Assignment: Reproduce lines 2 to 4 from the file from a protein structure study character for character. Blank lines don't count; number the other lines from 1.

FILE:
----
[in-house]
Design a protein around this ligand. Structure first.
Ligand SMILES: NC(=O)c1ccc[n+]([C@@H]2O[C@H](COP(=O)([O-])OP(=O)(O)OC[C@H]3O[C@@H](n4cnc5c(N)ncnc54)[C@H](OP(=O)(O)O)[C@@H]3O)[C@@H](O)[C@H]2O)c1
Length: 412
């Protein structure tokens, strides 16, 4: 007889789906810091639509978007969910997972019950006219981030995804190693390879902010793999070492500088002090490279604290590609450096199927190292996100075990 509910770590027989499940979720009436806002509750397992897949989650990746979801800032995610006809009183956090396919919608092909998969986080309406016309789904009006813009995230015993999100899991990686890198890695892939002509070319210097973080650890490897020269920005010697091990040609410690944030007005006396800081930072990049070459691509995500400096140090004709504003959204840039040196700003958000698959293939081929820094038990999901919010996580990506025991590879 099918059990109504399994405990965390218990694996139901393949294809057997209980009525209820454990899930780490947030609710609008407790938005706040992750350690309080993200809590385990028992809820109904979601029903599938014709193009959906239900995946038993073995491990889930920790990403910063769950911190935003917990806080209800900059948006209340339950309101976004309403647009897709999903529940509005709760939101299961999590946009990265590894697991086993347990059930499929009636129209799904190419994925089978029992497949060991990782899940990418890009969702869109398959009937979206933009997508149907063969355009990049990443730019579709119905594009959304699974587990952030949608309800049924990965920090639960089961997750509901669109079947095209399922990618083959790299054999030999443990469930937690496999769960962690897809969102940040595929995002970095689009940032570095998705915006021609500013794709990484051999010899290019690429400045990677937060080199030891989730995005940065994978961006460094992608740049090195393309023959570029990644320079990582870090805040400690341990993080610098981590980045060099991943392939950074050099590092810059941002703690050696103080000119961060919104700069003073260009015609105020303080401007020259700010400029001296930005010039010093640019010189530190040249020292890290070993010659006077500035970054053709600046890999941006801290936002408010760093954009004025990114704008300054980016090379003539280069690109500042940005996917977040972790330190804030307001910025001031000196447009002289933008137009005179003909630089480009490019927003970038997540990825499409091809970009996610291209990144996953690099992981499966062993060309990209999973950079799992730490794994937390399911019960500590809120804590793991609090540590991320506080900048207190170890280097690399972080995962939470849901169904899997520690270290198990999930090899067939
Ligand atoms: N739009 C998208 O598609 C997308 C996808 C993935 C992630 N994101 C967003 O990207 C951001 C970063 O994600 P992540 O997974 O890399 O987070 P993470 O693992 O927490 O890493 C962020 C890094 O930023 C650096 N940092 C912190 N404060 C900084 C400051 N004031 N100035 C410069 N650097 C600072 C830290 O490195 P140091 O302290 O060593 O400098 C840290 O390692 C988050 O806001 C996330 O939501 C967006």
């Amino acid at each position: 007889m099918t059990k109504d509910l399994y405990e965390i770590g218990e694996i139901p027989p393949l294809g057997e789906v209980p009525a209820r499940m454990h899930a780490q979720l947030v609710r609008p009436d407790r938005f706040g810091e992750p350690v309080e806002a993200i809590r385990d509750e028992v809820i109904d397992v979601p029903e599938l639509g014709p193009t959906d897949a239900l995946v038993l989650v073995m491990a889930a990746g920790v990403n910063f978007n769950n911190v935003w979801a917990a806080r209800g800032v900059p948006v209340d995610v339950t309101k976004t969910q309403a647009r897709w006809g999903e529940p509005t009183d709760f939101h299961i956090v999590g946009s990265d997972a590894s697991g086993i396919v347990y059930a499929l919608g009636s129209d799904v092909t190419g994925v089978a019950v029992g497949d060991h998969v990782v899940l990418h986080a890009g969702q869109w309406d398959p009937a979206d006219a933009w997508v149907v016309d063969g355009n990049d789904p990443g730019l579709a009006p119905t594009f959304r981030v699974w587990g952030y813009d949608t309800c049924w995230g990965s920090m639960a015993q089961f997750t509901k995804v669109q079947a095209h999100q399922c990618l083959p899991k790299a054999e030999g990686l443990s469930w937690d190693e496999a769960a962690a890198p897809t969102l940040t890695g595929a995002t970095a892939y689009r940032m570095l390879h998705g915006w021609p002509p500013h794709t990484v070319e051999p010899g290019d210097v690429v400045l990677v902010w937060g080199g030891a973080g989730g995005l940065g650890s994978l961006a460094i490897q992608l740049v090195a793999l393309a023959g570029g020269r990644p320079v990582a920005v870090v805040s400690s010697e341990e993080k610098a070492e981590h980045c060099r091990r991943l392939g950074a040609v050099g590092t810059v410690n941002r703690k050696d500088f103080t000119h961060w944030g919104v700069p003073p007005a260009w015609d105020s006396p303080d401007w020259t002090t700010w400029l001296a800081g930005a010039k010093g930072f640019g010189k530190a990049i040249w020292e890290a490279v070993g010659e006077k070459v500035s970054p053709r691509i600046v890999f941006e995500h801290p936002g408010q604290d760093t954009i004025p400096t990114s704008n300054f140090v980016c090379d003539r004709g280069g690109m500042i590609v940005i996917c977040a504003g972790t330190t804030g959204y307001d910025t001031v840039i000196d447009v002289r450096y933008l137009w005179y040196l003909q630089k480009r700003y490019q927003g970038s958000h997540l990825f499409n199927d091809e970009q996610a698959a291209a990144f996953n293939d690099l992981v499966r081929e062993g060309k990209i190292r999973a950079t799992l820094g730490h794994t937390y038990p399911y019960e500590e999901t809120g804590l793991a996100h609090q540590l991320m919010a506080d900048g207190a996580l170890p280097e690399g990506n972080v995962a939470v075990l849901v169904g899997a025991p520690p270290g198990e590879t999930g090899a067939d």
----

Design a protein around this ligand. Structure first.
Ligand SMILES: NC(=O)c1ccc[n+]([C@@H]2O[C@H](COP(=O)([O-])OP(=O)(O)OC[C@H]3O[C@@H](n4cnc5c(N)ncnc54)[C@H](OP(=O)(O)O)[C@@H]3O)[C@@H](O)[C@H]2O)c1
Length: 412